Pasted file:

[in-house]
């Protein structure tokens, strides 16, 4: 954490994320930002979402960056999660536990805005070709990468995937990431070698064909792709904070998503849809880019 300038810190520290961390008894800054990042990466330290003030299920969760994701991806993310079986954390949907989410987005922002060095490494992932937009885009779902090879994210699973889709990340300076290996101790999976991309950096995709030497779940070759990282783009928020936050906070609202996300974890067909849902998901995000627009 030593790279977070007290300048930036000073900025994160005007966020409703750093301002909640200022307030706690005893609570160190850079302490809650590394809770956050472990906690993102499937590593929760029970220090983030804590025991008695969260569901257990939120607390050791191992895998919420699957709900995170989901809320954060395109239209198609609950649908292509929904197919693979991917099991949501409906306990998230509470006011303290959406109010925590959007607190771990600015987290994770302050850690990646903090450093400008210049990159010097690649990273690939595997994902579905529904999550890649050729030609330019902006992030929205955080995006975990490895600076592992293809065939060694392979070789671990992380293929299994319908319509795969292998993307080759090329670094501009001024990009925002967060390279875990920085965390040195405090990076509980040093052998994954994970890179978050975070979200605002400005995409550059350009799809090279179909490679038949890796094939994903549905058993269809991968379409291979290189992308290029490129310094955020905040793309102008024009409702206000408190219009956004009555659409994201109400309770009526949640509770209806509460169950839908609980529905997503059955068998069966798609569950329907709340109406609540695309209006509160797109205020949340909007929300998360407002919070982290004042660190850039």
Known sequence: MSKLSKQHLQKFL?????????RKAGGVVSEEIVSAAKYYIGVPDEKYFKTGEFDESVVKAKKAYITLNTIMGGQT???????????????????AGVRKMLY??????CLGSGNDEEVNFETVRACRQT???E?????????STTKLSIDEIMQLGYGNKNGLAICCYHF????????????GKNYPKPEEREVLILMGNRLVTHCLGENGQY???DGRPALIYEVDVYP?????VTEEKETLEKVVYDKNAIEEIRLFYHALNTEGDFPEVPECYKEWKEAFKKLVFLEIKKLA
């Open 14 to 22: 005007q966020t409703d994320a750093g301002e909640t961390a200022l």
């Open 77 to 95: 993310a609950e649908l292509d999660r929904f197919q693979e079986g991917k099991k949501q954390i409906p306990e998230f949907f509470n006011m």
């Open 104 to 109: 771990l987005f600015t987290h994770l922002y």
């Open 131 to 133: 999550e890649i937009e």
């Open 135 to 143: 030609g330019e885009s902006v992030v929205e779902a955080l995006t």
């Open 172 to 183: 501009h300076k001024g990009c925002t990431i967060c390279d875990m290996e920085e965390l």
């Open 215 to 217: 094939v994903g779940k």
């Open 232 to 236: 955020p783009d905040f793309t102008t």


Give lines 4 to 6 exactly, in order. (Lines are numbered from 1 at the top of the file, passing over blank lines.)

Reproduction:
């Open 14 to 22: 005007q966020t409703d994320a750093g301002e909640t961390a200022l």
């Open 77 to 95: 993310a609950e649908l292509d999660r929904f197919q693979e079986g991917k099991k949501q954390i409906p306990e998230f949907f509470n006011m």
């Open 104 to 109: 771990l987005f600015t987290h994770l922002y």